Imprisoning Drug Offenders Doesn't Affect Use, Study Says
A deputy passes a line of inmates, seen during a tour of the Men's Central Jail, run by the Los Angeles County Sheriff's Department, on October 27, 2011 in downtown Los Angeles.Reed Saxon / ASSOCIATED PRESS
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That lack of a pattern shows the flaw in a central philosophy in the war on drugs: That doling out harsh penalties makes people less inclined to use drugs or join the drug trade, said Adam Gelb, director of Pew's public safety performance project, which works to reform state-level drug policies.
"There seems to be this assumption that tougher penalties will send a stronger message and deter people from involvement with drugs. This is not borne out by the data," Gelb said.
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He included the entire analysis in a letter Monday to Chris Christie, who is both governor of New Jersey and head of President Donald Trump's Commission on Combating Drug Addiction and the Opioid Crisis.
The commission held its first public meeting on Friday. It is responsible for coming up with a plan to help the federal government tackle an addiction crisis that killed more than 50,000 people last year. The growing number of overdoses is being driven by runaway rates of addiction to prescription painkillers and heroin, researchers say.
Meanwhile at the Justice Department, Attorney General Jeff Sessions is carving out his own approach — focused on punishment.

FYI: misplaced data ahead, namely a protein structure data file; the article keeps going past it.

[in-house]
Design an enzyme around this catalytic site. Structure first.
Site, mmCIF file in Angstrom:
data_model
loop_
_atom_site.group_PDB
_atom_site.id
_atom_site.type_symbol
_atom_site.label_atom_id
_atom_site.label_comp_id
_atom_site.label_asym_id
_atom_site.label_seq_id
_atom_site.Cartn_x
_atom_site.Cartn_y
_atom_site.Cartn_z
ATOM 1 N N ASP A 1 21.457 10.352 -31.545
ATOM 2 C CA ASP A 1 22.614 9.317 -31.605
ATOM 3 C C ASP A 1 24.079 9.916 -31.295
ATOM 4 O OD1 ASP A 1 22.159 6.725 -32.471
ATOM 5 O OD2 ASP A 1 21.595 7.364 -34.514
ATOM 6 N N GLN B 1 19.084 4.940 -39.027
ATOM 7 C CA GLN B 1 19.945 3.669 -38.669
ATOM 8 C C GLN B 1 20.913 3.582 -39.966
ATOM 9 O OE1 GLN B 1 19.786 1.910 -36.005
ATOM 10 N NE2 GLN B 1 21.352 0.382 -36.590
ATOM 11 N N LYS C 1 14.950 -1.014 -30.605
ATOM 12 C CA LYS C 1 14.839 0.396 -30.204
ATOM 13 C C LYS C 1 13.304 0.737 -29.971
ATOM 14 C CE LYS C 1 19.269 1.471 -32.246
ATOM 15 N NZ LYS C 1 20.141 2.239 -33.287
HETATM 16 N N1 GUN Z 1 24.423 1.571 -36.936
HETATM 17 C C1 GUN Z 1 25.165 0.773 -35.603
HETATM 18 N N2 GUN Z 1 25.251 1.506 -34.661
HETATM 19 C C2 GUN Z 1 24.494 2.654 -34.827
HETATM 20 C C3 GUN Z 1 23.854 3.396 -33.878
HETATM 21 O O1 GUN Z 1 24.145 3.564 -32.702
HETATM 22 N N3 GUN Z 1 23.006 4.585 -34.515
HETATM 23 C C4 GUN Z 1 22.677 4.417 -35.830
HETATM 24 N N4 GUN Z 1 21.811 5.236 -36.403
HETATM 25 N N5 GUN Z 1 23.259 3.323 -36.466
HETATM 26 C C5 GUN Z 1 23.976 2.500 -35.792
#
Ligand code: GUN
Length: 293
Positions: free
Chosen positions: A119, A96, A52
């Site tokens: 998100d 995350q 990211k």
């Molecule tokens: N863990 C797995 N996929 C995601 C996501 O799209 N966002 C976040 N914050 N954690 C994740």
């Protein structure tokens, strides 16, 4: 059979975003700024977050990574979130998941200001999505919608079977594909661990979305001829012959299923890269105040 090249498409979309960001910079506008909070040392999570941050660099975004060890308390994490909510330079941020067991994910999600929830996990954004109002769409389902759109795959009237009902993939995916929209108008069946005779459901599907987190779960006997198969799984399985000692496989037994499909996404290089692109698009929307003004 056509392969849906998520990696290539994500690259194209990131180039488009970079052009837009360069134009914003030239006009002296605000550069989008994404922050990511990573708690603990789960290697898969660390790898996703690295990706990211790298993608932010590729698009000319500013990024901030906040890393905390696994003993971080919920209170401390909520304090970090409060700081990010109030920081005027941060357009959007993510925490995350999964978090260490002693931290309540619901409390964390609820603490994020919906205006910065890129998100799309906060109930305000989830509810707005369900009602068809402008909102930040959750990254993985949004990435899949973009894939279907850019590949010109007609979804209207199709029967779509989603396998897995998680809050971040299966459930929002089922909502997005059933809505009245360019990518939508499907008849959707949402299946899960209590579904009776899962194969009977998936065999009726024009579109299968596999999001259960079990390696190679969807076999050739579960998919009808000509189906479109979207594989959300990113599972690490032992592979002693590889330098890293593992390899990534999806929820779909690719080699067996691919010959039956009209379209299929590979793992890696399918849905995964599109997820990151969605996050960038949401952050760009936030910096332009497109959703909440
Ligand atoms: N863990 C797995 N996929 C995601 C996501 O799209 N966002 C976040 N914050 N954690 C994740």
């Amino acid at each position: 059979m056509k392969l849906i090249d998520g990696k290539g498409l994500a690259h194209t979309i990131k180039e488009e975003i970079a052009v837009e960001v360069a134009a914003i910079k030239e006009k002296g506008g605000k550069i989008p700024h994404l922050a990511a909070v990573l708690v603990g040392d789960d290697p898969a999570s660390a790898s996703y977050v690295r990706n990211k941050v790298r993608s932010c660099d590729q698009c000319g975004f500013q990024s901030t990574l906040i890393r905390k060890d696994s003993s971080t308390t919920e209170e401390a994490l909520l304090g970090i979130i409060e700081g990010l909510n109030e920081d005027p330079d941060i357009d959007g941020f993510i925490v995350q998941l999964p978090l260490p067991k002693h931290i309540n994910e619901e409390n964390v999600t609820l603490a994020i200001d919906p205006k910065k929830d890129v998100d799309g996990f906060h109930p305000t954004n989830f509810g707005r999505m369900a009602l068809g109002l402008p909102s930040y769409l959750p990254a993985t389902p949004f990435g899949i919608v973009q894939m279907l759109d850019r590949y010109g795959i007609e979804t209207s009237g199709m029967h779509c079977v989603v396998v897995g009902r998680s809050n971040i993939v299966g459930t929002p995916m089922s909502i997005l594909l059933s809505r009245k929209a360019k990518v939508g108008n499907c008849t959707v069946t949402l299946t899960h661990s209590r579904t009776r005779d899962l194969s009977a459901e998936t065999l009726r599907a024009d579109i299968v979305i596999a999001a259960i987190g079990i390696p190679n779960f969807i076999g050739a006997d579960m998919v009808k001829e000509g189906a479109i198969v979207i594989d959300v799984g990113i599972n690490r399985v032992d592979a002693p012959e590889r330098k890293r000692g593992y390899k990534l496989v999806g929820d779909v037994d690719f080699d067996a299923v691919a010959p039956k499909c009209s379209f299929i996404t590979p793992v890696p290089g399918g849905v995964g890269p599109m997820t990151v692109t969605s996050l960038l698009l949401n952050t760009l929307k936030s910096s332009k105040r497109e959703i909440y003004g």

Pew's study was relatively simple: gather data from each state in four categories: incarceration of drug offenders, overdose deaths, drug arrests and drug use. The latest year for which all the data was available was 2014.
The theory, Gelb said, was that if deterrence worked, the states with the highest incarceration rates would have lower rates of drug use.
But that's not what they found.
For example, Louisiana, the state with the highest incarceration rate, was in the middle of the pack on overdoses, drug arrests and drug use. Massachusetts, with the lowest incarceration rate, was toward the bottom in arrests and use, but near the top in overdoses. West Virginia, with the highest overdose rate, was 21st in incarcerations. And Colorado, with the highest rate of drug use, was 37th in incarcerations.
Gelb said he hoped the commission and other policy makers would use it to chart their course forward.
"This is fresh data that should inform the important conversation happening in Washington and around the country about what the most effective strategies are for combatting the rise in opioid addiction and other substance abuse," Gelb said.
Jon Schuppe writes about crime, justice and related matters for NBC News.